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Exploring a horrific story of medical negligence and what you should know about bad doctors.

We’ve all heard about medical procedures gone wrong, but most people never think it can happen to us. However, each year in the United States, medical malpractice lawsuits have cost hospitals more than $10 billion. Doctors are not infallible and some mistakes are made, but when it’s blatant it causes lives to be changed and in some cases, death is the result.

Here we examine a case involving medical malpractice, when a doctor removed a woman’s clitoris without consent.
 

What Happened?

A 52-year old Australian woman called Carolyn Dewaegeneire went to visit Dr A (whose full name is concealed for legal reasons) for a gynecological oncology consultation, upon the recommendation of her normal gynecologist on December 17th, 2001. She had already been diagnosed with lichen slerosus, a long-term skin problem that usually affects the genitals, years before the visit. The patient told Dr A that her medical condition had so far not responded to all the previous recommended treatments, which included antifungal medications, estrogen and testosterone, antibacterial and steroid drugs. Dr A did an examination of the lady’s exterior genitalia and noted a whitish discoloration in the anterior vulva which was consistent with lichen sclerosus.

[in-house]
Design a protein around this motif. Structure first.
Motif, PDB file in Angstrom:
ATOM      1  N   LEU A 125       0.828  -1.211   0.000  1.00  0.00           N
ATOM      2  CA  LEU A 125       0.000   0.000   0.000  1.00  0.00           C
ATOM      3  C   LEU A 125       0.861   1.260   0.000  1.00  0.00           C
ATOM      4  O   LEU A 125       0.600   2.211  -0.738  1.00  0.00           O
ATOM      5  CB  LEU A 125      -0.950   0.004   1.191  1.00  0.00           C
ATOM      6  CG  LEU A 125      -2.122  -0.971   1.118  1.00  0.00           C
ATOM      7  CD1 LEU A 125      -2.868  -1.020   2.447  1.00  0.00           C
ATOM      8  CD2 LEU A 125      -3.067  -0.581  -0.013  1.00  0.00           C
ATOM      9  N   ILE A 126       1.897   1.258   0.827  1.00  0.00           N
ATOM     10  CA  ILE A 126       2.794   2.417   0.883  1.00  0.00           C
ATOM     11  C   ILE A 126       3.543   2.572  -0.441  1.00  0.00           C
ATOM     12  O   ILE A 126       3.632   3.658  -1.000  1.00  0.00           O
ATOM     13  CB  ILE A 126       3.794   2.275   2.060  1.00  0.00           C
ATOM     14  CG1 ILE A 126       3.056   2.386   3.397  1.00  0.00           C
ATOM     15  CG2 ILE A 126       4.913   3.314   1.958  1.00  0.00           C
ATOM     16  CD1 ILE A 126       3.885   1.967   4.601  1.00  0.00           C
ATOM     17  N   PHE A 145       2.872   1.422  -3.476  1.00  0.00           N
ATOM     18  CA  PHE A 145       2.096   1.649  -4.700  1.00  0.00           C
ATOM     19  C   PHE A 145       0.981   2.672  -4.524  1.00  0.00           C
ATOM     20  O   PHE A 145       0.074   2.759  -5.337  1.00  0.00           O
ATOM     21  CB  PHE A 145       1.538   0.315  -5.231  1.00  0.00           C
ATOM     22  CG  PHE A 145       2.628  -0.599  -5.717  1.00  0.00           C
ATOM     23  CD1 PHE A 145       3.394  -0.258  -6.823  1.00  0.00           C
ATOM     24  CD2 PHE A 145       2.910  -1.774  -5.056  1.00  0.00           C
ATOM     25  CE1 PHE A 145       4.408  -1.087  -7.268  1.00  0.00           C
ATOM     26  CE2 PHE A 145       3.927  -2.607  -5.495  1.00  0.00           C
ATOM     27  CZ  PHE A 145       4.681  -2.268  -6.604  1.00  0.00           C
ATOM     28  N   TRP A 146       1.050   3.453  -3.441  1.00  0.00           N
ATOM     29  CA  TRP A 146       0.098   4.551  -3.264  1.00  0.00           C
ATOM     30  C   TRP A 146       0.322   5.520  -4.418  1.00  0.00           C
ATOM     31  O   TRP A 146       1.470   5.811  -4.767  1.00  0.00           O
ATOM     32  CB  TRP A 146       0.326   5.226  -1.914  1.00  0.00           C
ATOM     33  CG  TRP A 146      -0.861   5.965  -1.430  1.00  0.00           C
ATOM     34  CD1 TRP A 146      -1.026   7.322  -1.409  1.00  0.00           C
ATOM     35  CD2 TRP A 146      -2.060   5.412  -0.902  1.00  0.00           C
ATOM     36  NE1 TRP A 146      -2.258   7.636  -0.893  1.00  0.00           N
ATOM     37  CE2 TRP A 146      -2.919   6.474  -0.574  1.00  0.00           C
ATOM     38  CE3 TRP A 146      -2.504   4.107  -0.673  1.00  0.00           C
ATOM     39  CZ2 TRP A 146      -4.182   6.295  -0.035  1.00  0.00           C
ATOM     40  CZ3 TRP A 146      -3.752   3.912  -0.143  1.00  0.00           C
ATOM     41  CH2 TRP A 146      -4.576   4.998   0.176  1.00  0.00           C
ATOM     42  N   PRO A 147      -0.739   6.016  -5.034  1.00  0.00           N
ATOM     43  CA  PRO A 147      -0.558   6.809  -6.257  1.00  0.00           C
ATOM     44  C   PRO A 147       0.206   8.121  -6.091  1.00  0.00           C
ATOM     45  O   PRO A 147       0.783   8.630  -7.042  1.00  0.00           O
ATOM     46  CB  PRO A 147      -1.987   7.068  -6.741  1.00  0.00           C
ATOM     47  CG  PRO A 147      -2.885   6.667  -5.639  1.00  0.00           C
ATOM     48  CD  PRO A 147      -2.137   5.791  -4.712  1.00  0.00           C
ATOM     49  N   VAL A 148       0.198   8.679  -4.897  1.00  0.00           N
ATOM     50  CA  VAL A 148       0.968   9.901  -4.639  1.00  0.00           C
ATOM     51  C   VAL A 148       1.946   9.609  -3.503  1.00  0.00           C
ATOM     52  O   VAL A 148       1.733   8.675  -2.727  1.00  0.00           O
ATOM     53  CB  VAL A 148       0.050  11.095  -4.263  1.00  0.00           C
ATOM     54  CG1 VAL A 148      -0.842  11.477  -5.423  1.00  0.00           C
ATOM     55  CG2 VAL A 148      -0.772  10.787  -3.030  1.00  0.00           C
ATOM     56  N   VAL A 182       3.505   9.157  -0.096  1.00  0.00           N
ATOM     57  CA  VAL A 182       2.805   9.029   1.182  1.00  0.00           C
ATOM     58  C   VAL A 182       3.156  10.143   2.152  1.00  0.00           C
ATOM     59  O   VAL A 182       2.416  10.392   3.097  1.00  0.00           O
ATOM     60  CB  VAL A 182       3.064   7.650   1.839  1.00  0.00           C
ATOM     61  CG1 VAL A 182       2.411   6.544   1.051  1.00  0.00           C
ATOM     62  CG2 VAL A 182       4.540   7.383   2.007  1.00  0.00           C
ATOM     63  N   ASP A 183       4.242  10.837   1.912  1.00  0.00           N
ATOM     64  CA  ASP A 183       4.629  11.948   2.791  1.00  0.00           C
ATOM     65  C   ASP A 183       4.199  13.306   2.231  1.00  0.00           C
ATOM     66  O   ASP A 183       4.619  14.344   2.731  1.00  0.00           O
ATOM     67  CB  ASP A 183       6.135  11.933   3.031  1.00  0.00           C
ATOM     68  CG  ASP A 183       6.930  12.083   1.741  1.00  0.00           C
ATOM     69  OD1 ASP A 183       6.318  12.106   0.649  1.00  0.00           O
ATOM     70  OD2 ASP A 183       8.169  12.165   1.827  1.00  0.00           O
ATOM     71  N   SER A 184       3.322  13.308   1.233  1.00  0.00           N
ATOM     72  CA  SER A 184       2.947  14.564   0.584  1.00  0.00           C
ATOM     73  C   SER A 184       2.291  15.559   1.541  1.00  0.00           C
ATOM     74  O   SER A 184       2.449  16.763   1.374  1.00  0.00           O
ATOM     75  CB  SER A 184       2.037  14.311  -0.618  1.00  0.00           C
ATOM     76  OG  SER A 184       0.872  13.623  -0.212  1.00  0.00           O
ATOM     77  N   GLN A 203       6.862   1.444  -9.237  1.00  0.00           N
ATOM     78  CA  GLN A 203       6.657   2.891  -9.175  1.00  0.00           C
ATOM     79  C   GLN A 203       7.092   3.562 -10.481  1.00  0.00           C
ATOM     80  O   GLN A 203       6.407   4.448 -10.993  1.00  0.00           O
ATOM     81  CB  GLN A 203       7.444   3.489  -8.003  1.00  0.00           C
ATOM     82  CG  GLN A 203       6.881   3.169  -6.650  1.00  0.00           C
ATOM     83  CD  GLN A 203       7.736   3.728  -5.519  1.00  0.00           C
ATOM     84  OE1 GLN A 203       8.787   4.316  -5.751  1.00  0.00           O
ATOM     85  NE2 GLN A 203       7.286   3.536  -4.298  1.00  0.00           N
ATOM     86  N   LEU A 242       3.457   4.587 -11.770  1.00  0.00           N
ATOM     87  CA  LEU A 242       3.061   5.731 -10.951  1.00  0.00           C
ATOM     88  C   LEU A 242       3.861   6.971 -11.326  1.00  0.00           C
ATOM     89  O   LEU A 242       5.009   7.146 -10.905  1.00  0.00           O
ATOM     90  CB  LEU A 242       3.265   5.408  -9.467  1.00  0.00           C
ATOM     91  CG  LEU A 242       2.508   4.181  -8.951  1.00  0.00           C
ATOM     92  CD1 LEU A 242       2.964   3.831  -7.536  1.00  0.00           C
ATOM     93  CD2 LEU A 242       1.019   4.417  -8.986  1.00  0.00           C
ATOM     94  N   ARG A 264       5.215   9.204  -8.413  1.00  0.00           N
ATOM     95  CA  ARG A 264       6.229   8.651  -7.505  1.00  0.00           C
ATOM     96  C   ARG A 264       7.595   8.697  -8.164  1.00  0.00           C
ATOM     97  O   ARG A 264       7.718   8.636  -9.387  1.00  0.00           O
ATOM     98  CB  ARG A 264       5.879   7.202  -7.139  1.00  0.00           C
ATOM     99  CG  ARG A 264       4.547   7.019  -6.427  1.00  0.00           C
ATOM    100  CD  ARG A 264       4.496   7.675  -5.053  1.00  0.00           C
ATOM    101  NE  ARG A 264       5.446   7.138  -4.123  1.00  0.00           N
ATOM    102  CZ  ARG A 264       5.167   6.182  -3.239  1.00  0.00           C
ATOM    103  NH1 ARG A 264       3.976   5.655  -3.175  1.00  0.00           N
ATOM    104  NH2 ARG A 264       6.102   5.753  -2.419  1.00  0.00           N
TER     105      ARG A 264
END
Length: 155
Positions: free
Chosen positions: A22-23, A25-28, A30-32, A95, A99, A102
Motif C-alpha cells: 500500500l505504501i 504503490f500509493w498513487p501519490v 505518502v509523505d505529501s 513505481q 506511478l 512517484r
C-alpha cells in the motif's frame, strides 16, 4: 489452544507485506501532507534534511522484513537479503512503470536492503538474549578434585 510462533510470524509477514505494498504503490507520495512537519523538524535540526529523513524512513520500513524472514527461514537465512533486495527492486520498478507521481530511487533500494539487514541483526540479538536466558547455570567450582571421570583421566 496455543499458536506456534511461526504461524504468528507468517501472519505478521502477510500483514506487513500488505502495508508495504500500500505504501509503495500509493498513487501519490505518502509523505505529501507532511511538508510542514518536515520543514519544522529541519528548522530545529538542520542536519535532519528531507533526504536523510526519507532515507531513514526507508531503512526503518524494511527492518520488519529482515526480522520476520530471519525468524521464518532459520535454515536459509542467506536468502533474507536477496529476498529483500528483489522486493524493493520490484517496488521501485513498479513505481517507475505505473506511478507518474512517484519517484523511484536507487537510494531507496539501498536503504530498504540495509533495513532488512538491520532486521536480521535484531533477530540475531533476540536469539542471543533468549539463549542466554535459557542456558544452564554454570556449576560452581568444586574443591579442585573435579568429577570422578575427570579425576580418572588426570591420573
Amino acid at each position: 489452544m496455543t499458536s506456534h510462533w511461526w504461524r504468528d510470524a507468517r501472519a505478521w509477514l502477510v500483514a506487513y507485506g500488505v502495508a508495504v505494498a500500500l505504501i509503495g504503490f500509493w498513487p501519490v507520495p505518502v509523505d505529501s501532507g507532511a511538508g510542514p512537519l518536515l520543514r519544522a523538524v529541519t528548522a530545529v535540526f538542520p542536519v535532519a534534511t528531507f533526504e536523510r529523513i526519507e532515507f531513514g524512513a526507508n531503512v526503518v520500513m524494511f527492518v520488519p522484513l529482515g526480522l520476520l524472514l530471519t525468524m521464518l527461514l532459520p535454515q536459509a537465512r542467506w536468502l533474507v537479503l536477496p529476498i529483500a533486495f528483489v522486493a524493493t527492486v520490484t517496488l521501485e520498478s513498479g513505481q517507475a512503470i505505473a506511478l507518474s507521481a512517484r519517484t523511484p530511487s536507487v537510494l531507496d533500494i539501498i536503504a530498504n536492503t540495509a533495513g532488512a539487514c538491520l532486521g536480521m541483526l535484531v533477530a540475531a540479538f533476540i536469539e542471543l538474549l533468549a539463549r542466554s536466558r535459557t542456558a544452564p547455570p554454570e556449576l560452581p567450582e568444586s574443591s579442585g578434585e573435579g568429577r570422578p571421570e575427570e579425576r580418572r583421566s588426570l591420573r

Also noted during the examination were small cracks in the discolored area and around the perineal area. Dr A recommended a round of clobetasal for approximately 30 days and then a follow-up visit would need to be performed.

Follow Up Visit

On January 3rd, 2002, Carolyn Dewaegeneire went back to Dr A for a follow-up visit. Her condition had not improved with clobetasol and she said her vulva was more irritated and itchy than before. The physician did another physical examination and saw scratch marks around the labia minora and majora, as well as a white discoloration around the perineal area.

On January 14th, 2002, the doctor performed a simple vulvectomy. The procedure involved removing the superficial layers of skin around the labia minor and the anterior portion of the labia majora, the clitoral hood and the posterior area between the introitus and perianal area. The full thickness of the tissue was not excised and the doctor reported he did not remove the clitoris at that time. The surgery appeared to have gone well.

So far, what you seem to see here is a doctor who was thorough in his treatment and diagnosis — right? The story does not end here, however.

Next Appointment

The patient’s next appointment with Dr A took place on February 28th, 2002. Dewaegeneire reported no pain or vaginal discharge and she did not have any complaints about her genitourinary or gastrointestinal systems. Dr A noted that the patient was healing well except for some oozing from the wound. Because of this, he told her to rest her pelvis and to avoid sexual intercourse, touching the area or using any tampons. 

He advised her to return for another visit in a month, but she didn’t and she missed a follow-up scheduled for June 6th, 2002. Consequently, the lady went and visited another gynecologist on June 8th and June 27th. At that time, she was being treated with metronidazole for a "vaginal problem".

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